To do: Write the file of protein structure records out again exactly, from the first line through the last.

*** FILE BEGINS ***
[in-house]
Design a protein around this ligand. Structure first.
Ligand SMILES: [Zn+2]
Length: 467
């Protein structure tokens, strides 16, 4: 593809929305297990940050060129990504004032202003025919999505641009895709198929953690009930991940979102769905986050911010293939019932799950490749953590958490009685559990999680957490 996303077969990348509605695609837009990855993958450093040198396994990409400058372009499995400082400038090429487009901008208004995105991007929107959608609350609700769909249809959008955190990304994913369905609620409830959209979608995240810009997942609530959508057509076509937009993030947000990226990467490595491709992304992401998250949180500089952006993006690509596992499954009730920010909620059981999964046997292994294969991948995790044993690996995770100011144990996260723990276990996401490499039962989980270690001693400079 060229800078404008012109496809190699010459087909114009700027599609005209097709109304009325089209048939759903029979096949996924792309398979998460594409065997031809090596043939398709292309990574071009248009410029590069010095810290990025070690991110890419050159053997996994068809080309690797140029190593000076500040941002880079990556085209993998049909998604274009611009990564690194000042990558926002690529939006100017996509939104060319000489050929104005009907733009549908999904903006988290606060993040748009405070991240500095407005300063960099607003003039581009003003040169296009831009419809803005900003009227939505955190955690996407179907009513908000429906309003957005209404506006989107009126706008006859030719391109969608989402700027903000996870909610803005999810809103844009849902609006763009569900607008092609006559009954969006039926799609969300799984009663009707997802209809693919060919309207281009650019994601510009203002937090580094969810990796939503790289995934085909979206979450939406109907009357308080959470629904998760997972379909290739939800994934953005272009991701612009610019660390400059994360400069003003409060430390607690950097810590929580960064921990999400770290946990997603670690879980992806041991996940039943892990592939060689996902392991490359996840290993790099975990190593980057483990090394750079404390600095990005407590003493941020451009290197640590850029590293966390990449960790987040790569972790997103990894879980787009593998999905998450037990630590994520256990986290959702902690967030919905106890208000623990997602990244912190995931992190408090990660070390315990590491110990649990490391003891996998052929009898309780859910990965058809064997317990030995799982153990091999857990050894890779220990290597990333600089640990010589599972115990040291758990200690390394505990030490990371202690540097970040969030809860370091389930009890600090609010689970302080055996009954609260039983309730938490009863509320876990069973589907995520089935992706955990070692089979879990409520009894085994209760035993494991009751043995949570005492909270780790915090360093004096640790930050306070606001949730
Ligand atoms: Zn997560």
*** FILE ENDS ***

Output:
[in-house]
Design a protein around this ligand. Structure first.
Ligand SMILES: [Zn+2]
Length: 467
């Protein structure tokens, strides 16, 4: 593809929305297990940050060129990504004032202003025919999505641009895709198929953690009930991940979102769905986050911010293939019932799950490749953590958490009685559990999680957490 996303077969990348509605695609837009990855993958450093040198396994990409400058372009499995400082400038090429487009901008208004995105991007929107959608609350609700769909249809959008955190990304994913369905609620409830959209979608995240810009997942609530959508057509076509937009993030947000990226990467490595491709992304992401998250949180500089952006993006690509596992499954009730920010909620059981999964046997292994294969991948995790044993690996995770100011144990996260723990276990996401490499039962989980270690001693400079 060229800078404008012109496809190699010459087909114009700027599609005209097709109304009325089209048939759903029979096949996924792309398979998460594409065997031809090596043939398709292309990574071009248009410029590069010095810290990025070690991110890419050159053997996994068809080309690797140029190593000076500040941002880079990556085209993998049909998604274009611009990564690194000042990558926002690529939006100017996509939104060319000489050929104005009907733009549908999904903006988290606060993040748009405070991240500095407005300063960099607003003039581009003003040169296009831009419809803005900003009227939505955190955690996407179907009513908000429906309003957005209404506006989107009126706008006859030719391109969608989402700027903000996870909610803005999810809103844009849902609006763009569900607008092609006559009954969006039926799609969300799984009663009707997802209809693919060919309207281009650019994601510009203002937090580094969810990796939503790289995934085909979206979450939406109907009357308080959470629904998760997972379909290739939800994934953005272009991701612009610019660390400059994360400069003003409060430390607690950097810590929580960064921990999400770290946990997603670690879980992806041991996940039943892990592939060689996902392991490359996840290993790099975990190593980057483990090394750079404390600095990005407590003493941020451009290197640590850029590293966390990449960790987040790569972790997103990894879980787009593998999905998450037990630590994520256990986290959702902690967030919905106890208000623990997602990244912190995931992190408090990660070390315990590491110990649990490391003891996998052929009898309780859910990965058809064997317990030995799982153990091999857990050894890779220990290597990333600089640990010589599972115990040291758990200690390394505990030490990371202690540097970040969030809860370091389930009890600090609010689970302080055996009954609260039983309730938490009863509320876990069973589907995520089935992706955990070692089979879990409520009894085994209760035993494991009751043995949570005492909270780790915090360093004096640790930050306070606001949730
Ligand atoms: Zn997560």